U.S. District Judge Stephen N. Limbaugh Jr. of the U.S. District Court for the Eastern District of Missouri noted that ERISA allows for refunds of overpayments to a multiple employer welfare arrangement, but under Section 403 an employer alleging an overpayment of contributions may not unilaterally offset future contributions by the alleged overpayments of past contributions.
According to the opinion, when Park-Mark Inc. received an audit report indicating overpayments had been made, it did not file a federal common law restitution and/or unjust enrichment action. Instead, it unilaterally deducted the alleged overpayment amounts from its mandated contributions, an action not authorized under ERISA or under any collective bargaining arrangement (CBA) in effect at the time.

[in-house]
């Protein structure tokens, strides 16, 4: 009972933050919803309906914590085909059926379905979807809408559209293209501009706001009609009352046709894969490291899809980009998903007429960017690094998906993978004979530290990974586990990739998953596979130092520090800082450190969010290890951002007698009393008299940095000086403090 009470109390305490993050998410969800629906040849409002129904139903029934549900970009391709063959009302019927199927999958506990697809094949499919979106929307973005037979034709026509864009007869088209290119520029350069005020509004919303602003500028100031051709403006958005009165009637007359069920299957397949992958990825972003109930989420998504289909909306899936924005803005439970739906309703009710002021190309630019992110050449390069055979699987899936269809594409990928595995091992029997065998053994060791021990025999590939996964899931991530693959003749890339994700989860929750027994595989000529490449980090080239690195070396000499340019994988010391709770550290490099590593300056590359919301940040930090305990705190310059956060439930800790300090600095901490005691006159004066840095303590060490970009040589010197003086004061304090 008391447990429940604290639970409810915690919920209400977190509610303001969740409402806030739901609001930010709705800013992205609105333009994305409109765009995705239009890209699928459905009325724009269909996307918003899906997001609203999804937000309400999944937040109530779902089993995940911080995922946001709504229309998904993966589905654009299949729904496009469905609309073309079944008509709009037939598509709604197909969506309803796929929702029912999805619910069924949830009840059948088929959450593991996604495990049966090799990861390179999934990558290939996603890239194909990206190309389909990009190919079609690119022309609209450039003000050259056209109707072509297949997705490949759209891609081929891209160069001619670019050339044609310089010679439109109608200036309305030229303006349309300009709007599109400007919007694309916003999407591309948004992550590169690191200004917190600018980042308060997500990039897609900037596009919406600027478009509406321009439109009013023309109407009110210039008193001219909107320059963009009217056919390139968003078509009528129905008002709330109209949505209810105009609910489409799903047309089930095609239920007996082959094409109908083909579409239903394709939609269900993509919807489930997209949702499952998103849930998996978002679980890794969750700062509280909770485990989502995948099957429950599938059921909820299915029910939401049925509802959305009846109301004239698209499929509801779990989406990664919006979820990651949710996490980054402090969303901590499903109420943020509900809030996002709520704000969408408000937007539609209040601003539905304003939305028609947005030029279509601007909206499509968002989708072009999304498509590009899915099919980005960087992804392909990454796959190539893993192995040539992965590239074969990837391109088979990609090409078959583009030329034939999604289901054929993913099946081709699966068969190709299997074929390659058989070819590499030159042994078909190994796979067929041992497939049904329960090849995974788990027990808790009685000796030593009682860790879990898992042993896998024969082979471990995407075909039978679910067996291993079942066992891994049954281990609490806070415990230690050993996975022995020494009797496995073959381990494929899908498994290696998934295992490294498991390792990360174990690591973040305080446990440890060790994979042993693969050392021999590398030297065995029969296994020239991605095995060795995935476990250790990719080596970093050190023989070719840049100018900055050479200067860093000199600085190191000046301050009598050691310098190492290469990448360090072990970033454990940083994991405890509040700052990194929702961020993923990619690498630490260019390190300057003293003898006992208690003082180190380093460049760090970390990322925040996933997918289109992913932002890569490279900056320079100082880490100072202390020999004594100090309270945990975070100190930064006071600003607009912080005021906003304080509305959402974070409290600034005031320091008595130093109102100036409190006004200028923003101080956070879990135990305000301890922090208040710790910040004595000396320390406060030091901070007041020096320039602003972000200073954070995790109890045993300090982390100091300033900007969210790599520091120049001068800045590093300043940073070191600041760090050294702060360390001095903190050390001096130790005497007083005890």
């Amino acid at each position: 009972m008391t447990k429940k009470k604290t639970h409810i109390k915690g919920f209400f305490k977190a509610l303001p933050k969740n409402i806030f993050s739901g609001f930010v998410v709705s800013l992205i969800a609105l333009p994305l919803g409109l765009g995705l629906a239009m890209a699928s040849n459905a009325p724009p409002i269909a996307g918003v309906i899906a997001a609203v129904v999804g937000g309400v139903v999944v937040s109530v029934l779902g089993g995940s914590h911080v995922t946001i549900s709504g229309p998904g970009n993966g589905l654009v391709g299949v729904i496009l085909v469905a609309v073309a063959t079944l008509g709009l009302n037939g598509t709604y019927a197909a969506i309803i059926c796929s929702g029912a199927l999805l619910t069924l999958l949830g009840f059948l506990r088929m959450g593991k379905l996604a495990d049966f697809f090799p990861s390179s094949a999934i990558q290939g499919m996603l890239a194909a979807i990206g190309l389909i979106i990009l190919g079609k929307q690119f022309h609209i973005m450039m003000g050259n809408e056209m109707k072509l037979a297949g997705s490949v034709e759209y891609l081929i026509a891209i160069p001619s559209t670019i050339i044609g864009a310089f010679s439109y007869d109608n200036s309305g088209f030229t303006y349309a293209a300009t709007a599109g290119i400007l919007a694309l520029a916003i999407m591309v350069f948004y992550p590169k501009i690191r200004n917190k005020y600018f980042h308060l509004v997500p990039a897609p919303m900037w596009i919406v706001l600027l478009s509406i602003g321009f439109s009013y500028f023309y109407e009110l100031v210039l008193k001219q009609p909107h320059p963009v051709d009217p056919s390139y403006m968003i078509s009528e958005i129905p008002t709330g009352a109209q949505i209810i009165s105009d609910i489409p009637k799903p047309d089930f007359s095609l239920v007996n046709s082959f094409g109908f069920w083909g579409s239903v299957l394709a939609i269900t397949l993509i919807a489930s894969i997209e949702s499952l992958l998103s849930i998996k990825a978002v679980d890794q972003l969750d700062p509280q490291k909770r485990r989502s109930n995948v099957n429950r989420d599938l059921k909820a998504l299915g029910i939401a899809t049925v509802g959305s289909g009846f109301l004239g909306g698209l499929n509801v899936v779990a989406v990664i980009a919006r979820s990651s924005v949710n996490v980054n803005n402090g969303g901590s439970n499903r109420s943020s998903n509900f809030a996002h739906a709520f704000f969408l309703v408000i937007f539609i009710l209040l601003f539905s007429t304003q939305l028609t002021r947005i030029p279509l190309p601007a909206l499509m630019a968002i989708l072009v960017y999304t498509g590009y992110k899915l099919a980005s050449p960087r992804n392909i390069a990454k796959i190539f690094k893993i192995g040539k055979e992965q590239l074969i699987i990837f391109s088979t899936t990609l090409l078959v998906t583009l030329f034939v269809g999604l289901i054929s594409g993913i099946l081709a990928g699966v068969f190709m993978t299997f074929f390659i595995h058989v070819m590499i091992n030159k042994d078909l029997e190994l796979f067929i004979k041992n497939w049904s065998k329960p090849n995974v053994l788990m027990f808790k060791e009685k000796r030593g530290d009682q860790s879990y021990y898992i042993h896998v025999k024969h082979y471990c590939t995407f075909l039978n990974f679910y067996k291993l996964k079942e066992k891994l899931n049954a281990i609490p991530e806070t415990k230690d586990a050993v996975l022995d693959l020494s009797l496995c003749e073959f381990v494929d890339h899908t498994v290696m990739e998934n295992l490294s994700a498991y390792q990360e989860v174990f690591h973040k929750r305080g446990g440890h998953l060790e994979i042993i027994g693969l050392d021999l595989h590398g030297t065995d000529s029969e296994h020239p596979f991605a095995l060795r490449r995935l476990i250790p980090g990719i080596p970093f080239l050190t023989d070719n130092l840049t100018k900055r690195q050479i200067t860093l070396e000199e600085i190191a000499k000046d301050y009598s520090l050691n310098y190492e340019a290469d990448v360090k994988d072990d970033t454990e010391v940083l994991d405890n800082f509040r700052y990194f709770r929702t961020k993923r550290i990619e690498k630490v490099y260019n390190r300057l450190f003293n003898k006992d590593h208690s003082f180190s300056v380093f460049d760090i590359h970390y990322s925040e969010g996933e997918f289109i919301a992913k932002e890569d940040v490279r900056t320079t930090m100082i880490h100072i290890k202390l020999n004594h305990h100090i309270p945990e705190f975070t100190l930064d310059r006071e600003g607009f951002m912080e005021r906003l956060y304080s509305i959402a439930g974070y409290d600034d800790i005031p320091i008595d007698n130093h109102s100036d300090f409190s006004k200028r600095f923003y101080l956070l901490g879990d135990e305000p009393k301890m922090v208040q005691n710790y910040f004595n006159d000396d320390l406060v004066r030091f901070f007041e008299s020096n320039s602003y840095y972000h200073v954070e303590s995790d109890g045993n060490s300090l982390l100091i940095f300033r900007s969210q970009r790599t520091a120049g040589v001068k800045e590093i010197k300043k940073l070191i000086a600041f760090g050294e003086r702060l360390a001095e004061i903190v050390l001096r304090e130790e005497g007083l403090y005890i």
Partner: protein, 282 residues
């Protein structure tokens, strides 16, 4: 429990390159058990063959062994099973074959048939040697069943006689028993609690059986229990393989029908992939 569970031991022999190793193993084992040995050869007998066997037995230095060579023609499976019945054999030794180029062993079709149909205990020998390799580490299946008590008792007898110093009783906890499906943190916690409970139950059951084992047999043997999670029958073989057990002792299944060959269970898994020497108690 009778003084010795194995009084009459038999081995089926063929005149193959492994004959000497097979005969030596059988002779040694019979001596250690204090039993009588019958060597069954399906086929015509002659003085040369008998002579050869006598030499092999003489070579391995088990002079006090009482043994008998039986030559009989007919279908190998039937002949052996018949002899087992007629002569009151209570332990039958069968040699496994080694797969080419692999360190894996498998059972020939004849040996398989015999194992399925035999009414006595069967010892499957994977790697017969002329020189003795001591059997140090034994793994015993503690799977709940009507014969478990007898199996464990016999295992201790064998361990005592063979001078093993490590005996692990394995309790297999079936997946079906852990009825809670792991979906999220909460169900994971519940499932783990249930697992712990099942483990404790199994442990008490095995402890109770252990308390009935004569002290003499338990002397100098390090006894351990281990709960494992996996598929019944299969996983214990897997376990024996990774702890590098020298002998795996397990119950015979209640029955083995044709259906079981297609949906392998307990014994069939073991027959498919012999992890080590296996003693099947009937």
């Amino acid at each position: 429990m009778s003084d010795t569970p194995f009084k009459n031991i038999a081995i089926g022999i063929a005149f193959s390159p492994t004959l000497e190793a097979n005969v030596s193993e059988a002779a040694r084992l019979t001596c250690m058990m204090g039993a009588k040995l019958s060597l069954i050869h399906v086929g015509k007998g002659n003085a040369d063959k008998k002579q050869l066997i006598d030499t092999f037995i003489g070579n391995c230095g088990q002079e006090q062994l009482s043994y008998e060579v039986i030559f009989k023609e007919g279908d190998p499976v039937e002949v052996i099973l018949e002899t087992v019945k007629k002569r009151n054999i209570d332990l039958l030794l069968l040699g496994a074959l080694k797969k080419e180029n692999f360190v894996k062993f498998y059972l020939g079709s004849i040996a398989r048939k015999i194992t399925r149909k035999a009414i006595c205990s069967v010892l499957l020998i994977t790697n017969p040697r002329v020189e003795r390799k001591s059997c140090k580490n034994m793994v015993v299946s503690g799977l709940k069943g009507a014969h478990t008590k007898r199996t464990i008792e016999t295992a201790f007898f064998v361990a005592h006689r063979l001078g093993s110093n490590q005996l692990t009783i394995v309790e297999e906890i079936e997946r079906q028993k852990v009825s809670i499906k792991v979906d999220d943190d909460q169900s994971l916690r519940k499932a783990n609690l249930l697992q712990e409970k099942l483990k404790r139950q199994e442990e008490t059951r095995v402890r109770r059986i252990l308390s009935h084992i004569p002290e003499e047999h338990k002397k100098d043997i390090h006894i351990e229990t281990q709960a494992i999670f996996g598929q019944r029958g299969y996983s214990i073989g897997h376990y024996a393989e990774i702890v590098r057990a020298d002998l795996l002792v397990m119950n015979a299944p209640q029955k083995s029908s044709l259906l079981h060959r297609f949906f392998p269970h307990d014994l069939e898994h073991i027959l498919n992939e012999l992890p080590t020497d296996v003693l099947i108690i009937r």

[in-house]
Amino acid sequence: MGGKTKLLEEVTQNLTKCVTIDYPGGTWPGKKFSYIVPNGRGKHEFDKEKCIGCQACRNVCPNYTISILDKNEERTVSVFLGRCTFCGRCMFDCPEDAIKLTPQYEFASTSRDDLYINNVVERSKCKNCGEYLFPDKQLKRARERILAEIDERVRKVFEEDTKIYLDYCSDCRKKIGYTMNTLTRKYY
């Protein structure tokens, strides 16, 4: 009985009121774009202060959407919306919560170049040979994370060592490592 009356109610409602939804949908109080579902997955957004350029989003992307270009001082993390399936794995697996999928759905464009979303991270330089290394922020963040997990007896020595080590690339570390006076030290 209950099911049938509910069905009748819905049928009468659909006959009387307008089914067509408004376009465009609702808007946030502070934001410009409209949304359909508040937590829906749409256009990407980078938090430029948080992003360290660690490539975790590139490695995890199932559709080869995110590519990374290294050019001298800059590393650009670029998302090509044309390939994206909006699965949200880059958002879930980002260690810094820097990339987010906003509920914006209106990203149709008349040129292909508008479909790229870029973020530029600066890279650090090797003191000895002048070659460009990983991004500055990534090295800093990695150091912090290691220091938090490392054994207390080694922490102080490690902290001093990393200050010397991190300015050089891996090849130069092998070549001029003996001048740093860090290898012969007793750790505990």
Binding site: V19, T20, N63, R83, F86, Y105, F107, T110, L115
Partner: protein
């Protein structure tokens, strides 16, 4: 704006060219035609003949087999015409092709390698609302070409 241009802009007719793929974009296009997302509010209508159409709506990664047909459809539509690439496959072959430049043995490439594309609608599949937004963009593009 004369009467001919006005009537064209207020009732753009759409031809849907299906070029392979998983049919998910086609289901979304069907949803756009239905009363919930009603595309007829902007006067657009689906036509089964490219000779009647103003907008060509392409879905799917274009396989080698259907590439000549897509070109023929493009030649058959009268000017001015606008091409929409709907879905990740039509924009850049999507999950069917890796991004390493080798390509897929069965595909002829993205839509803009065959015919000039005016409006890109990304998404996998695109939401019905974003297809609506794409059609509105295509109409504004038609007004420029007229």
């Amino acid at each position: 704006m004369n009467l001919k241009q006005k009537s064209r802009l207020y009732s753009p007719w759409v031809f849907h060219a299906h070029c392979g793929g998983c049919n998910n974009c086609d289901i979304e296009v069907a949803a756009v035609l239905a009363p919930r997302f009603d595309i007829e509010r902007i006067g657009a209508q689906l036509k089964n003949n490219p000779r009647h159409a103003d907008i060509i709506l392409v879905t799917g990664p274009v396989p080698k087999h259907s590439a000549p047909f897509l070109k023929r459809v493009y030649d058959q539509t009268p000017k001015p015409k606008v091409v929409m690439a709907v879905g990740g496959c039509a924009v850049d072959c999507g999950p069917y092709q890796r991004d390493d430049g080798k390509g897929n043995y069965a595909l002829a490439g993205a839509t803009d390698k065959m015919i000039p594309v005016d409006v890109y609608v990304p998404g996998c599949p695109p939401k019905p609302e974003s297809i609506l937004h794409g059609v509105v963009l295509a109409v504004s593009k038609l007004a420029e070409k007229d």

In addition, the employer did not show that the overpayments were made as the result of “a mistake of law or fact,” as required by ERISA in order to be due a refund.
Limbaugh also noted that the welfare fund provided health insurance coverage to the affected employees based on the contributions made on their behalf, and if the fund “refunds” the alleged overpayments to Park-Mark, it will in turn have to deduct the pension credits from the accounts of the affected employees, causing them to suffer a real economic hardship.The case is Greater St. Louis Construction Laborers Welfare Fund v. Park-Mark Inc., E.D. Mo., No. 4:10-cv-02197-SNLJ.